Financial advisors need to take clients beyond the numbers.

Polite people don't talk about money or their relationships with it. Personal priorities, love, feelings, values, psychology, spirituality in a financial context? Please. It is just not done. Privately. Or publicly.

Oh, to be sure, there is name-calling, ideological bonding, commonly assumed goods and evils and presumptive rhetoric, but when it gets right down to it, our money conversations aren't much. They rival childhood playgrounds for sophistication and productivity. Mostly, they are some nasty combination of yelling and not listening.

Money requires fundamental, systemic respect. Absent financial literacy, these issues can hurt us, especially with the best of intentions. Without respectful financial conversations about communal decisions and issues, how one bit impacts another bit, how money is an essential aspect of social ecosystems ... Well, it just might not be pretty.

Successful sustainability requires money discussions as if we all occupy the same planet and are not fundamentally barbaric. This means understanding how money works and our individual relationships with it. It means we escape the gravity of the various "isms" to look at money as it is, not as we hope it could be. This means dialogical framework, healthy mutual presumptions, mutual care and vision.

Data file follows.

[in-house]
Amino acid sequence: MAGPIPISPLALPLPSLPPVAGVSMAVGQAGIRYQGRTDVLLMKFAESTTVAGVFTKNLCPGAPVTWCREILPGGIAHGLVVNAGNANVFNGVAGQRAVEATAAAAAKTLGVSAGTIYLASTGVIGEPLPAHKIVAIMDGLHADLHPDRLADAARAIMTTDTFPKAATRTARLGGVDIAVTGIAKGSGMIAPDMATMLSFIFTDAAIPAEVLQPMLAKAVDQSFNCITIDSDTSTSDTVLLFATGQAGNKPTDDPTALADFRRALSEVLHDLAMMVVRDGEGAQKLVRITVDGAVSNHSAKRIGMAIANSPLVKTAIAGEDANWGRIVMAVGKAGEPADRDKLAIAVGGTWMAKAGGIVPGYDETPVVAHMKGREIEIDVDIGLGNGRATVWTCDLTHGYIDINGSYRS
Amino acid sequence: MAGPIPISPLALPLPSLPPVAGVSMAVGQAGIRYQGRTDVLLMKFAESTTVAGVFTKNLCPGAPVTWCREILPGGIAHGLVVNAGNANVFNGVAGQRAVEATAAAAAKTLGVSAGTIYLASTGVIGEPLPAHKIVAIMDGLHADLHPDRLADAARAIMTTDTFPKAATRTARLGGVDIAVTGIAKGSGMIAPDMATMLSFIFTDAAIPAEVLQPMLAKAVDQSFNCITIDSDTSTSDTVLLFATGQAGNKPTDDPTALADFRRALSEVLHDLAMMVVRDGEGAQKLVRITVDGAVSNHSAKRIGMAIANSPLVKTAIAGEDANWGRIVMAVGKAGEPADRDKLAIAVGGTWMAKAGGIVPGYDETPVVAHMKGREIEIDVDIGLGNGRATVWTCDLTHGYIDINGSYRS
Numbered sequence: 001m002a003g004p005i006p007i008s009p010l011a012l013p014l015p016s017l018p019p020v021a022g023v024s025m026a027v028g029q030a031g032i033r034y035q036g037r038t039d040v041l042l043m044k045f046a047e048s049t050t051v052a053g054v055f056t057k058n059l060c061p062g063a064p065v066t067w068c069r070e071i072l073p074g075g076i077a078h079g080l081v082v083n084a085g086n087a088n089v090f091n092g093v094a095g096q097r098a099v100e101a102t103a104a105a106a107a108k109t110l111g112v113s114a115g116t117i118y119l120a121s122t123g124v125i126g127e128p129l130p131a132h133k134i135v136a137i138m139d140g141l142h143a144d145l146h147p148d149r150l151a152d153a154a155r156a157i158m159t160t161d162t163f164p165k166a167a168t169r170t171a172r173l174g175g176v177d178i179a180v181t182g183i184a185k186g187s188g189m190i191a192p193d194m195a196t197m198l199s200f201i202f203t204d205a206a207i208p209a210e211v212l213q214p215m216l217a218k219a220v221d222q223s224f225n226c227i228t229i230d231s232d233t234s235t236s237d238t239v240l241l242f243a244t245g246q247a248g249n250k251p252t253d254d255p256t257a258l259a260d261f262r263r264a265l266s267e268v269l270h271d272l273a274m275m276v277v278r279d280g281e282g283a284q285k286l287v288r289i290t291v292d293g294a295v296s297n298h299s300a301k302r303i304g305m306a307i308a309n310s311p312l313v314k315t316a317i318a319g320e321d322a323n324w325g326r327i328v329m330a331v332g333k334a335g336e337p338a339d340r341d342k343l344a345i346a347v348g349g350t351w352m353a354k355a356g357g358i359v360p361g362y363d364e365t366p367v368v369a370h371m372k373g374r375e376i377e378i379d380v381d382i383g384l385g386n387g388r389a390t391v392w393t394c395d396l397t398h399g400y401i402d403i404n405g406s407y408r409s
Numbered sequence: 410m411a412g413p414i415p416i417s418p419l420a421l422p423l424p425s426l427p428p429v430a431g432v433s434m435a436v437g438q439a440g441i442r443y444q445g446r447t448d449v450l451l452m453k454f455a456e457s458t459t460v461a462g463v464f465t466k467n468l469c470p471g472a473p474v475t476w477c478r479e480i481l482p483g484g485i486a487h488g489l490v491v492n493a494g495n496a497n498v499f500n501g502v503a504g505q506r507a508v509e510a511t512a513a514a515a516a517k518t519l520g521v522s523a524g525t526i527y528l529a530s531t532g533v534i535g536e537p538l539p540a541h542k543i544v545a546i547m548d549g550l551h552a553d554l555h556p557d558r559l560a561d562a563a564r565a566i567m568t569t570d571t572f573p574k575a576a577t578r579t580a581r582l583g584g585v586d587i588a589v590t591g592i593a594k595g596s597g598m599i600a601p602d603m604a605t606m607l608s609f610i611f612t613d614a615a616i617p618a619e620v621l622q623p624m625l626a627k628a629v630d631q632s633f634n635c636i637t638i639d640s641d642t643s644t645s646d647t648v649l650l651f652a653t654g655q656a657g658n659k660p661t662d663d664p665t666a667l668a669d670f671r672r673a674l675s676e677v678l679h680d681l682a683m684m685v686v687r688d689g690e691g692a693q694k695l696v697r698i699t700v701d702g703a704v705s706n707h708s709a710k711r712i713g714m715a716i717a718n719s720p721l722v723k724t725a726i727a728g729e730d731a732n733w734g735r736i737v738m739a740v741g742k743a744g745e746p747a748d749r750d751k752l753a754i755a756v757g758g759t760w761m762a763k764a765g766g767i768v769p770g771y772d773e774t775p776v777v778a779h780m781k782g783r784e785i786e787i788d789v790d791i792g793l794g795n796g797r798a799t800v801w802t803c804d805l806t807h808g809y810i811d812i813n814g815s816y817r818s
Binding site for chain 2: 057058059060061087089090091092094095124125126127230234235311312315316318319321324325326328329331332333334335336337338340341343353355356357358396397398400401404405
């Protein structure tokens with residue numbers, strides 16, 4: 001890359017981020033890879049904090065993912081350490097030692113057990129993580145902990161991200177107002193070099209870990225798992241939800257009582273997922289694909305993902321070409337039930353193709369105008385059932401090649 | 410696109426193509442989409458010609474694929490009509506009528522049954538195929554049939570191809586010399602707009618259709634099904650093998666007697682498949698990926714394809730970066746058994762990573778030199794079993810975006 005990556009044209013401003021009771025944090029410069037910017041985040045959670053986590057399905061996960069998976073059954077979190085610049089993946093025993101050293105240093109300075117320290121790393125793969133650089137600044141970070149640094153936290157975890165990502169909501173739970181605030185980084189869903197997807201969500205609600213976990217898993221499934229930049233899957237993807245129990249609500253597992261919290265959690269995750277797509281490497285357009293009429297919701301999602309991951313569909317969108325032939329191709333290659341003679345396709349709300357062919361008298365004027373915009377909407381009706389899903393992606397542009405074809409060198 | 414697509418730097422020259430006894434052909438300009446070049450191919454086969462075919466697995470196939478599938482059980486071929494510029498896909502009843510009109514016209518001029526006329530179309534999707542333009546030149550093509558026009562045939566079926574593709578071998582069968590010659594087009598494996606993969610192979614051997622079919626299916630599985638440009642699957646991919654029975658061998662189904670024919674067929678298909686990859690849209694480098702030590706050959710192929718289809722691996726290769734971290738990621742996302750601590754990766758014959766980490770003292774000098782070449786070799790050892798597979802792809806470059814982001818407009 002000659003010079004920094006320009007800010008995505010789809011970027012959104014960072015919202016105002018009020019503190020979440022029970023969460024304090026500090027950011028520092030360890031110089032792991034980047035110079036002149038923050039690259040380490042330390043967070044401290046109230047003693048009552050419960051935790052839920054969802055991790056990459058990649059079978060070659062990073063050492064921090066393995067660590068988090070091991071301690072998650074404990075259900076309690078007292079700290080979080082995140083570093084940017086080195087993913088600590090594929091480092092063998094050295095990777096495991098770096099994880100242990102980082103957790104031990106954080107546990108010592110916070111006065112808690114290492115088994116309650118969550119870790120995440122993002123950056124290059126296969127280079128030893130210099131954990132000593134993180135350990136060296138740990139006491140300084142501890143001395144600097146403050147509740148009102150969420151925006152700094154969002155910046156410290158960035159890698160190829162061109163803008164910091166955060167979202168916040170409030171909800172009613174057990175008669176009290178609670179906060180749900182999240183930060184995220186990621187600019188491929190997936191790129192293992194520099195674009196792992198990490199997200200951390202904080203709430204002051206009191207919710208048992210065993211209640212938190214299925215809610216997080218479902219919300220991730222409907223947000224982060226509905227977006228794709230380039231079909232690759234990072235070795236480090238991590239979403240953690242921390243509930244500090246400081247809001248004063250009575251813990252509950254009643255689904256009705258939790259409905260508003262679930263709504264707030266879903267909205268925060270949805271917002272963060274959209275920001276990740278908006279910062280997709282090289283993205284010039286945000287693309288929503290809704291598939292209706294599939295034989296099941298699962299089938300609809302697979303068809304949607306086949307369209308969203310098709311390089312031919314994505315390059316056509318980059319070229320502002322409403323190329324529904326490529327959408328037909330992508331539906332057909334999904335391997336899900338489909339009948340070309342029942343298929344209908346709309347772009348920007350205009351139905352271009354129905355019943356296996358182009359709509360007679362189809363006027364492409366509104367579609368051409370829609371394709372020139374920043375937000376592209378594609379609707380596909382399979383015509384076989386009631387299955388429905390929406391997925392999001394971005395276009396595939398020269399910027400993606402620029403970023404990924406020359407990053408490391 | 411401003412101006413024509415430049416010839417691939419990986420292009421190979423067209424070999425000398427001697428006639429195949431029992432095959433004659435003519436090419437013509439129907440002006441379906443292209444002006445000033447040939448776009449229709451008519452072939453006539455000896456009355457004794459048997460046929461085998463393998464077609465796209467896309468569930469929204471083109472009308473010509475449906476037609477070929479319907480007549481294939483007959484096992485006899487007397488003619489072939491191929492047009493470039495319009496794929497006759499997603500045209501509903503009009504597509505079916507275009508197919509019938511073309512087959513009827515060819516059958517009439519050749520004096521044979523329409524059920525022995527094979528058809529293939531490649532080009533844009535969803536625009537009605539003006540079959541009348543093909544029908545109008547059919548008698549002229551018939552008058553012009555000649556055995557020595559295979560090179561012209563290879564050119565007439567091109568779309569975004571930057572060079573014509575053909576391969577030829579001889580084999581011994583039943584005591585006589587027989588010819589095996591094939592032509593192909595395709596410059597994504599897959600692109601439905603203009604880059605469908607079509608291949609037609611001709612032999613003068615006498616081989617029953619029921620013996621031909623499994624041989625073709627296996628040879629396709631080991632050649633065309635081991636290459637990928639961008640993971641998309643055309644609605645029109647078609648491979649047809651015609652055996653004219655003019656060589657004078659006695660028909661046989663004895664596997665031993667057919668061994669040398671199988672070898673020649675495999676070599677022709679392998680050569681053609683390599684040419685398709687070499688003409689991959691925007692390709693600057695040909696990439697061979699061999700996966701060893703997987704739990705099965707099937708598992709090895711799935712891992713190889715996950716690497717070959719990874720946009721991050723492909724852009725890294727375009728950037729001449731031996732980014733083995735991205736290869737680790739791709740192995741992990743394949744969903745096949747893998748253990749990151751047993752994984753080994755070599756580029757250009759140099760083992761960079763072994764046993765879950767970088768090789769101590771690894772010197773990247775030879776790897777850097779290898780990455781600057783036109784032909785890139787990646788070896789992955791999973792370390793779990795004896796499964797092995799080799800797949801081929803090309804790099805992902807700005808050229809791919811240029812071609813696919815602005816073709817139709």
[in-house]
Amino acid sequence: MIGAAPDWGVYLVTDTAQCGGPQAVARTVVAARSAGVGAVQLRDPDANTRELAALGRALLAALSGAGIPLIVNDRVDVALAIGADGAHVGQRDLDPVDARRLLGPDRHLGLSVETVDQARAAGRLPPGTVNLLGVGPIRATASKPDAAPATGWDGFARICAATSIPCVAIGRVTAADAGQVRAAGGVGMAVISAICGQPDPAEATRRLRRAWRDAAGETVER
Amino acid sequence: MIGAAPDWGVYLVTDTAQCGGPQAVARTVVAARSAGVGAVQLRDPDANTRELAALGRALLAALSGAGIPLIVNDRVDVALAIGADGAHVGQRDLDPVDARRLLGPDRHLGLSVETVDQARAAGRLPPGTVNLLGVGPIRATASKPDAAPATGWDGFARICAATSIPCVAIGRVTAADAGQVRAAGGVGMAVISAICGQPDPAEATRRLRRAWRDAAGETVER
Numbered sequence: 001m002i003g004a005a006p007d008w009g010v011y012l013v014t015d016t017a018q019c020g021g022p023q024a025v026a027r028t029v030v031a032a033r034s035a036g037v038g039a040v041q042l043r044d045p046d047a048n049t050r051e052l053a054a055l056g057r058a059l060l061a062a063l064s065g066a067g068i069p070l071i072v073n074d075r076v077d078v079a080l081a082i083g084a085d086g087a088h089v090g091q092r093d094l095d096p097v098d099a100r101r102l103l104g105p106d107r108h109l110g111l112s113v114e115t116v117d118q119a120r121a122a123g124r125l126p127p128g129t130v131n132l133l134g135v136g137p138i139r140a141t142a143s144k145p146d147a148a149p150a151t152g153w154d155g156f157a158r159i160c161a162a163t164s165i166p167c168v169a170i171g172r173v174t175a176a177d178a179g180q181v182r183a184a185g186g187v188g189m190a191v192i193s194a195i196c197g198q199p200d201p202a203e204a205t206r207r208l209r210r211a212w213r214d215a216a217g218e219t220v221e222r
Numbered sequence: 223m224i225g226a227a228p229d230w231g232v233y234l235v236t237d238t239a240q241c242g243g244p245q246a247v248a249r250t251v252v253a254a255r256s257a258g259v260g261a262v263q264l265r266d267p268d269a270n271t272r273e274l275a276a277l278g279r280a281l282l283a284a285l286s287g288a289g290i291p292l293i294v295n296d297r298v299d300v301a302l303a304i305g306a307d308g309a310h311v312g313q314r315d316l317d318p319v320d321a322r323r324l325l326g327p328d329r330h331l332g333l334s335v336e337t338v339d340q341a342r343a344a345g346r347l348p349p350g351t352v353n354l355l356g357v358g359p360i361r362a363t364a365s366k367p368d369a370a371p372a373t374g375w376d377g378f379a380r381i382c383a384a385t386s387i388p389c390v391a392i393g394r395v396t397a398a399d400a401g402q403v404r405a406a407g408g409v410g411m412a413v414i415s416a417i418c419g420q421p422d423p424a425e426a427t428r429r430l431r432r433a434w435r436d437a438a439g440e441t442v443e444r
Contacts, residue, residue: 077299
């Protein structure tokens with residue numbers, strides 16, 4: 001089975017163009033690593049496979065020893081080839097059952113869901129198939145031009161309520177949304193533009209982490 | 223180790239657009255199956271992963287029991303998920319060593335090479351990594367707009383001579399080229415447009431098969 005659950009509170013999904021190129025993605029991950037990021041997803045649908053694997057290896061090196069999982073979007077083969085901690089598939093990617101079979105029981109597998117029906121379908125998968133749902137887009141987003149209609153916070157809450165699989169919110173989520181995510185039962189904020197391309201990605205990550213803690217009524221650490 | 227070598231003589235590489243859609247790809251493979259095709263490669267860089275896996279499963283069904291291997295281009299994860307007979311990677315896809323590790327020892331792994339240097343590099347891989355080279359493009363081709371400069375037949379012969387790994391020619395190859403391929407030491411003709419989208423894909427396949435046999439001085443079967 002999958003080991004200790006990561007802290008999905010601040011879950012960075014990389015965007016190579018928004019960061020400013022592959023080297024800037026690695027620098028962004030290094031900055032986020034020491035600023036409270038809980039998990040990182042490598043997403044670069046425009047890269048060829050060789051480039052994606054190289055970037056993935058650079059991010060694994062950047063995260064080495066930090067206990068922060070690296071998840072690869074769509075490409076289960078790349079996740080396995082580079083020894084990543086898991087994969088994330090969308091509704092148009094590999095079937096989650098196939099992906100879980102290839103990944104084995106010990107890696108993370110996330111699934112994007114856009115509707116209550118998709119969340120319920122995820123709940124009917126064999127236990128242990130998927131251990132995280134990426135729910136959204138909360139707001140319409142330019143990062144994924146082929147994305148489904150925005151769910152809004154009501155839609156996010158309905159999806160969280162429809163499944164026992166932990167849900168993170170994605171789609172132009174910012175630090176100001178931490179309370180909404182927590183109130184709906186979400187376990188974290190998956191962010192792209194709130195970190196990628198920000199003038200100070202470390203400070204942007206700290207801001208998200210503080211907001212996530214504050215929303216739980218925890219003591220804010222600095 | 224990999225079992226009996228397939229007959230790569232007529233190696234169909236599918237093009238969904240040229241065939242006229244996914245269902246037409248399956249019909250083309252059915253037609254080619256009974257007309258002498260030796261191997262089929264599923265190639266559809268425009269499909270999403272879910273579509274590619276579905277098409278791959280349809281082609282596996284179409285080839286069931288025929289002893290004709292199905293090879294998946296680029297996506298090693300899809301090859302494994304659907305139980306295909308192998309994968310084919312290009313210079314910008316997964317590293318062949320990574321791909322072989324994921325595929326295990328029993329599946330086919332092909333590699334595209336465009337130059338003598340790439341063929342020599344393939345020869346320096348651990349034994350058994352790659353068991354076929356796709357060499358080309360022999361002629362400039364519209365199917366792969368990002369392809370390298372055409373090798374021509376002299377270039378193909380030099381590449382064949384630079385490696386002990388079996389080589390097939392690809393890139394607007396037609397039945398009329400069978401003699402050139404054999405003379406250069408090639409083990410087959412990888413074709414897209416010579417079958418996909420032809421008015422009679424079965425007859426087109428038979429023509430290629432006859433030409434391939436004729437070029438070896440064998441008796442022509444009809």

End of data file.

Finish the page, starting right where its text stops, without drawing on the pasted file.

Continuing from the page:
Which moves me deftly to "integralism" and money.

Integralism provides needed analytical tools. It enables a review of all aspects of money and its attendant relationships. The critical distinctions enabled by "exterior," "interior," "personal" and "social" can clarify, simplify and compare. With them, we can go beyond mere numbers, beyond obsolete, dysfunctional ideologies and romantic indulgences.

Recognize the stakes. Our collective relationships with money and the money forces play throughout our lives. They touch every social and psychological question of significance. These relationships enable us to talk healthfully and constructively about money itself, or not. Generally not.

Integral Finance can contain these needed healthy conversations. It can allow us to isolate issues, then integrate them as needed. To briefly review, Integral Finance touches each sector of the holonic quadrant, which includes four quadrants: (clockwise from top left) exterior-individual, interior-individual, exterior-collective and interior-collective. "Everything" is reducible to one quadrant or another. Ken Wilber outlines this philosophy of integralism, including the holonic quadrant, in A Theory of Everything.

The exterior is visible and measurable. The exterior dominates our perceptions of money and finance. The interior is more elusive. You know, the inside stuff like love, soul, beauty, thought, emotion, namely the stuff that makes life worth living. We know it's there but we also know it's not subject to scientific validation. To reference classic Greek philosophy, it is Ethics and Art, the Good and the Beautiful. (Also Sin and Banality, Evil and Ugly.) The Individual, ("I") is personal. The Social ("We") includes our relational arrays, namely our miscellaneous communities like families, business and various other social units.

"Exterior Finance" is what most of us know. Right-side stuff, including the technical, analytical, numbers, black-letter law and charts, products and so on.

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